May
01
2009

## Predicting flu cases and locations

A research group led by Dirk Brockmann at Northwestern University has created a computer model that predicts the spread of the 2009 H1N1 influenza virus in the US. (It uses a complex set of mathematical equations to describe the movement of people and virus.)

How can you track and predict the movement of something so small?: Follow the money, of course! (This is a colorized negative stained transmission electron micrograph (TEM) showing some of the ultrastructural morphology of the A/CA/4/09 swine flu virus. Got that? Good.Courtesy CDC/C.S. Goldsmith and A. Balish

(Brockmann was a guest on Minnesota Public Radio's Midmorning show today, and you can listen to it online.)

The good news is that, based on what we know now, and assuming that no one takes any preventive measures, we could expect to see some 1,700 cases of swine flu in the next four weeks. Because of the preventive measures being taken wherever a suspected case of H1N1 flu has popped up, we should actually see fewer cases. (You can see Brockmann's models here.) That's lousy if you're one of the folks who picks up the virus, but not a devastating number of cases. Of course, this is a rapidly developing, fluid situation, and things may change. Still, tools like Brockmann's model help to ensure that emergency supplies and other resources get to the places likely to need them most before they're needed.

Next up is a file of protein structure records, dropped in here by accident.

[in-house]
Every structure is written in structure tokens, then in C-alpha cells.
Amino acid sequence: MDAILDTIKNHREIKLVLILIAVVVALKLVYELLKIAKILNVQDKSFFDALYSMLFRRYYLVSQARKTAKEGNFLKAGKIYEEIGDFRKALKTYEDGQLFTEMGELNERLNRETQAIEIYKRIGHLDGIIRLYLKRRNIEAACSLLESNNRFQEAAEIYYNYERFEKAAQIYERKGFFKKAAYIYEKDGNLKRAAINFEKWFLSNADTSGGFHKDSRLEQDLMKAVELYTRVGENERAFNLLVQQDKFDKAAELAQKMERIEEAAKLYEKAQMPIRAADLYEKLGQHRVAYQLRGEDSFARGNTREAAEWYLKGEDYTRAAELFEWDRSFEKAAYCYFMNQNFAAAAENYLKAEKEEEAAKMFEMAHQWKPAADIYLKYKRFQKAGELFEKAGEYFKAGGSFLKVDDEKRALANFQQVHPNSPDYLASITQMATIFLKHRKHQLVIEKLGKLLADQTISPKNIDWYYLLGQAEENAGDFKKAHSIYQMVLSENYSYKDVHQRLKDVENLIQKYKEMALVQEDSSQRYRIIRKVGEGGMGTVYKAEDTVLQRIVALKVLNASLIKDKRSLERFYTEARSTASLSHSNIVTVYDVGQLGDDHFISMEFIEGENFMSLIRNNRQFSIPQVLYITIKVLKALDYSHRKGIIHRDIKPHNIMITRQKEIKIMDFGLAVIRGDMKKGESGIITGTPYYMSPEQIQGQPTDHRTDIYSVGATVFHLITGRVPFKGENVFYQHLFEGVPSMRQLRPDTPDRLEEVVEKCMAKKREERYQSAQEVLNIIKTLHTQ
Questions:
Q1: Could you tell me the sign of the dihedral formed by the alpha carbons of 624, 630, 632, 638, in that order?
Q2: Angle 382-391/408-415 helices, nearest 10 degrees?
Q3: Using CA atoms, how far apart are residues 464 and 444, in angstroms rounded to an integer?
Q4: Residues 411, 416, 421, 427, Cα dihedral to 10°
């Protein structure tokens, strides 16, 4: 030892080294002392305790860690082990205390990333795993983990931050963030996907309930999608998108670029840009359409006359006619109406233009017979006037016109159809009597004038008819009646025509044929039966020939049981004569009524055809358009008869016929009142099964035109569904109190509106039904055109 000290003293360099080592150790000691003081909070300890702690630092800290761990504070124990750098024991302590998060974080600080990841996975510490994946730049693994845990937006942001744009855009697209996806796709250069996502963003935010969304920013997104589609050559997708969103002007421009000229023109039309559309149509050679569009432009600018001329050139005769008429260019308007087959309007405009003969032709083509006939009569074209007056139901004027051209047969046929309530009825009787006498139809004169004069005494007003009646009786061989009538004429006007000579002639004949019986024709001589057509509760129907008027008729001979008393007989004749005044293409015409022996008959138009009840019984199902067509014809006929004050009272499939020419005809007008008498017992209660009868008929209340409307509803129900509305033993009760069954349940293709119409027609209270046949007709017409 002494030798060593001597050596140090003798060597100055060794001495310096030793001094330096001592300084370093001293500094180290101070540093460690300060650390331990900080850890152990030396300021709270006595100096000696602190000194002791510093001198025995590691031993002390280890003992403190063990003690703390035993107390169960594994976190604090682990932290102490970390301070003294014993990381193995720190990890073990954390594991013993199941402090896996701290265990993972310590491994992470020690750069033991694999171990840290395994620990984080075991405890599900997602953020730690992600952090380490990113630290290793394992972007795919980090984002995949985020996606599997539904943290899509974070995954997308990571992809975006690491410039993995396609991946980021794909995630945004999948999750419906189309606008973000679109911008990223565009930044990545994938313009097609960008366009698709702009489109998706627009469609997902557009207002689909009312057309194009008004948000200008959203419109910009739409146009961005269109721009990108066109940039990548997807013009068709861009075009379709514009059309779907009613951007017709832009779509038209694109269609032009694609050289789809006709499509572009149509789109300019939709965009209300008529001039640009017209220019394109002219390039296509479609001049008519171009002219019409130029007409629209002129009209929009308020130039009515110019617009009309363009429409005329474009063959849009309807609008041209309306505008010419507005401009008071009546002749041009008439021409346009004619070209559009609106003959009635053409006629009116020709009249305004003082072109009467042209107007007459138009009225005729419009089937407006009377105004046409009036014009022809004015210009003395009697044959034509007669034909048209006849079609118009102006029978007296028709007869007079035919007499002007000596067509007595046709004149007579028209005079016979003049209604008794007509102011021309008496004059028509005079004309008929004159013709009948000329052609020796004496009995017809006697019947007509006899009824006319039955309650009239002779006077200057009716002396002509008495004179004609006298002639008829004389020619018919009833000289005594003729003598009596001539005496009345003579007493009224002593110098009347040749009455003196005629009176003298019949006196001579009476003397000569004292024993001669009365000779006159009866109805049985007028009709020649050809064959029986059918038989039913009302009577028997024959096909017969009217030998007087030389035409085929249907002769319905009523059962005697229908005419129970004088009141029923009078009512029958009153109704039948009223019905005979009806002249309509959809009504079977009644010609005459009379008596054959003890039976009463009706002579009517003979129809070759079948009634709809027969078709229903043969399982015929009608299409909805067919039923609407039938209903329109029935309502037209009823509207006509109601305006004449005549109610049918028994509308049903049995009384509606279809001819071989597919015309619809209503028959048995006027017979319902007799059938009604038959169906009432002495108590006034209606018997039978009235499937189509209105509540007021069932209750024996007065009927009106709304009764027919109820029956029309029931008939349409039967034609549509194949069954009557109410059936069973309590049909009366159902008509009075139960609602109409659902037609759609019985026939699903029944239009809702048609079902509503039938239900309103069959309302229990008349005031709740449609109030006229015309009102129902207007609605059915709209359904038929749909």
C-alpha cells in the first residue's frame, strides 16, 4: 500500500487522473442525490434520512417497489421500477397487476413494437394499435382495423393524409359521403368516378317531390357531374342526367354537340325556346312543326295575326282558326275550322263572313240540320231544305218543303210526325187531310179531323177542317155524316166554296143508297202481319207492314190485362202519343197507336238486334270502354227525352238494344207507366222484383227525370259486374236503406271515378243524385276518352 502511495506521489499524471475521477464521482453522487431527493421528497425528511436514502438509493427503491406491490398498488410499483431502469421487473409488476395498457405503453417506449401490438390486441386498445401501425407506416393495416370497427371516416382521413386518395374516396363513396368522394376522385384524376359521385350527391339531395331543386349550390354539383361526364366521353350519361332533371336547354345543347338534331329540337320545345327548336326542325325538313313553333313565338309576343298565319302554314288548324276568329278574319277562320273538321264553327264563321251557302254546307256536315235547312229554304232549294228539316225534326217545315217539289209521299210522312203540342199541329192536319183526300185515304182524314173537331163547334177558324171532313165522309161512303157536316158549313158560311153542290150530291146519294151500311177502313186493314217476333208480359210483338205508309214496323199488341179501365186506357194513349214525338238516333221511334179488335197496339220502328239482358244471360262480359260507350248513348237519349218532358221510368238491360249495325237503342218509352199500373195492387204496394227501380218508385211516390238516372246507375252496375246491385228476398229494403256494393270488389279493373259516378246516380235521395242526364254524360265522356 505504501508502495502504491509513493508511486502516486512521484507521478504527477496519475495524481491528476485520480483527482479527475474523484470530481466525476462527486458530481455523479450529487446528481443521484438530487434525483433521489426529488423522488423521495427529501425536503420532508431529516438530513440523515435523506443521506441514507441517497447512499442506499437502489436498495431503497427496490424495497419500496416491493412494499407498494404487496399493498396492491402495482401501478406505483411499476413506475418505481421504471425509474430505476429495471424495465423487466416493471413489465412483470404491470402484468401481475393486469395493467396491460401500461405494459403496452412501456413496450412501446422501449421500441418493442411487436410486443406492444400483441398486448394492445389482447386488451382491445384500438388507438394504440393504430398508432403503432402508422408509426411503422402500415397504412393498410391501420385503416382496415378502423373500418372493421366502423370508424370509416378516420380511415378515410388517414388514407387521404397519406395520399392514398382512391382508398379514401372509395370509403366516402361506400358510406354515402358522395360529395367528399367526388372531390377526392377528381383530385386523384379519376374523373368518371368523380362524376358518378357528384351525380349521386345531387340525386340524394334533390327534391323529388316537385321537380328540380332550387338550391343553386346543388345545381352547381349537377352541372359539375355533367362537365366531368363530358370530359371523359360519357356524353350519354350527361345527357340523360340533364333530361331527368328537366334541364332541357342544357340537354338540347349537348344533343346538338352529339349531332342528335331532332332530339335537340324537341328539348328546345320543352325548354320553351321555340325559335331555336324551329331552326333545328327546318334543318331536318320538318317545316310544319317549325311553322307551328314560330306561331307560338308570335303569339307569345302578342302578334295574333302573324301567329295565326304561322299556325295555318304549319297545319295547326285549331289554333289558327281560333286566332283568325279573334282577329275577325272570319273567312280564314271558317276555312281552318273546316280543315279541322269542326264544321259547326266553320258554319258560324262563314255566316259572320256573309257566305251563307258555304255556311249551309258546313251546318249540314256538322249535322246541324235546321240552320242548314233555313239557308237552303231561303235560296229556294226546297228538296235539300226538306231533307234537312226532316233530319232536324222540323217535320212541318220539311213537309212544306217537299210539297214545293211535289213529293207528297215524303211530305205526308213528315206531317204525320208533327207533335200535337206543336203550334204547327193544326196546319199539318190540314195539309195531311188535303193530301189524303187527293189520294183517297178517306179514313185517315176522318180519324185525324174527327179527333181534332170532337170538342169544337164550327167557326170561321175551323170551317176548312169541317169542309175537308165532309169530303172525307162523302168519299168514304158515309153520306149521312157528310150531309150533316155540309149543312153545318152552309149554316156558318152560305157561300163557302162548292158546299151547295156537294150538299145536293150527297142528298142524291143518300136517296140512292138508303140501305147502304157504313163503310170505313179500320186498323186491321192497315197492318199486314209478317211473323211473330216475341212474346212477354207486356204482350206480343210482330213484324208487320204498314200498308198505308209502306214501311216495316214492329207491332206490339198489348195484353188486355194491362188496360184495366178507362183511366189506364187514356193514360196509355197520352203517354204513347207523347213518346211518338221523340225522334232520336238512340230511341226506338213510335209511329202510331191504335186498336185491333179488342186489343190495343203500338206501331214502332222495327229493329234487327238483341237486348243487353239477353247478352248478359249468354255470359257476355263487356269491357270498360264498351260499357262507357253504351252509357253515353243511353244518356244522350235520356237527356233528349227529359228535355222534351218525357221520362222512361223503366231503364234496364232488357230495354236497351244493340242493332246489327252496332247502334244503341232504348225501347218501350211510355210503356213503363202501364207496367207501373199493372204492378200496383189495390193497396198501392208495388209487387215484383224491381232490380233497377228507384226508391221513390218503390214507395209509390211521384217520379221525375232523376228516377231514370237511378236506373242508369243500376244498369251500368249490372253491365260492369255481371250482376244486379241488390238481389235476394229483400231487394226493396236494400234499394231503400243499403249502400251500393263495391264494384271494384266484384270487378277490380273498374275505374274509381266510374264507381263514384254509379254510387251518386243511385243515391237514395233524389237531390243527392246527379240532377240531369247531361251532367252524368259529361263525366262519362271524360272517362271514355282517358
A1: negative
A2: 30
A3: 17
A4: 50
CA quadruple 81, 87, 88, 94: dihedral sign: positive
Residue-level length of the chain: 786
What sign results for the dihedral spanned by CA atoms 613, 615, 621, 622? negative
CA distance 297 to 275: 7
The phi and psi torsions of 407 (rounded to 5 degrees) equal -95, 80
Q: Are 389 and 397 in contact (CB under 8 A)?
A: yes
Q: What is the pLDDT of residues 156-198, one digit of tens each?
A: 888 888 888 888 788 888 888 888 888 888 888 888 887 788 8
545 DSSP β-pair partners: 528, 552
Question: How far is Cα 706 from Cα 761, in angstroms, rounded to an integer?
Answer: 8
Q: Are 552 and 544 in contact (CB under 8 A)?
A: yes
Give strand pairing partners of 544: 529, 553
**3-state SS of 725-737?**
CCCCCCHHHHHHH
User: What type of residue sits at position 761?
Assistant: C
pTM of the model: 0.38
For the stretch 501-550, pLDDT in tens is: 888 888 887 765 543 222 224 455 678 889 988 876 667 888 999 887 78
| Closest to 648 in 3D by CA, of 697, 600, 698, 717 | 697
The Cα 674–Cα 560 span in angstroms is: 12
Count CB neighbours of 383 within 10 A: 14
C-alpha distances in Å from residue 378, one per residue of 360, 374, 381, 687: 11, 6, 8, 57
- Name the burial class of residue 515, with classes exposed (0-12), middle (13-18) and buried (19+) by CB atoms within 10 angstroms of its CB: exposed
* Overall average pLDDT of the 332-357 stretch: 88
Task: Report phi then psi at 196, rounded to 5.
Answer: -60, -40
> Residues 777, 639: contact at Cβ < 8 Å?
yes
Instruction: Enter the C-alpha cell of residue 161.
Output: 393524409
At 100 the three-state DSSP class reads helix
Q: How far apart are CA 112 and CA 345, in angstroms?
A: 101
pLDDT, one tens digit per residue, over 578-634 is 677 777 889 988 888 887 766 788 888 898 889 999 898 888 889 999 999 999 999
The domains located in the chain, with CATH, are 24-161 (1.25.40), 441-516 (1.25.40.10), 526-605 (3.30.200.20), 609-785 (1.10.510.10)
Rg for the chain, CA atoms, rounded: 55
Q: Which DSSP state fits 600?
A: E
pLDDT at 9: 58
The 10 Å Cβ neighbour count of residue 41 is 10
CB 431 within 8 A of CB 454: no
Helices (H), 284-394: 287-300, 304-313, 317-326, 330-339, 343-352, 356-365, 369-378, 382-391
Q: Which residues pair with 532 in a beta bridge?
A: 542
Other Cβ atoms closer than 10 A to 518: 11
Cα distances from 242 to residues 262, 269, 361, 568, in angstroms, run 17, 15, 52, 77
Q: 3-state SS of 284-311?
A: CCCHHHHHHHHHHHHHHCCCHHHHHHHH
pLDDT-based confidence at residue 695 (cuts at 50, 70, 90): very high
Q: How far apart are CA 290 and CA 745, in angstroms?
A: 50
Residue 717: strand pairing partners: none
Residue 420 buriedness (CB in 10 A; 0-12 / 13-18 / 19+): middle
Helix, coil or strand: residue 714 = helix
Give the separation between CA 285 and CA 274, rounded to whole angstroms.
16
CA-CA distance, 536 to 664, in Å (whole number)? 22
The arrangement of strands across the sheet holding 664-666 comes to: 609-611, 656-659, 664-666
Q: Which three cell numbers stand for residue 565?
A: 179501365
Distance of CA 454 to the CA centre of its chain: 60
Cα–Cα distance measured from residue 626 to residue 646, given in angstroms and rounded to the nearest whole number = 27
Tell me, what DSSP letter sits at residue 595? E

Don't have faith in computer models? Well, a second research group at Indiana University is using another model, with different equations, and getting very similar results. That's a pretty good indication that the predictions are reliable.

You might remember Brockmann from a 2006 study that used data from WheresGeorge.com, a site that allows users to enter the serial numbers from their dollar bills in order to see where they go, to predict the probability of a given bill remaining within a 10km radius over time. That gave him a very good picture of human mobility, reflecting daily commuting traffic, intermediate traffic, and long-distance air travel, all of which help to model how a disease could spread.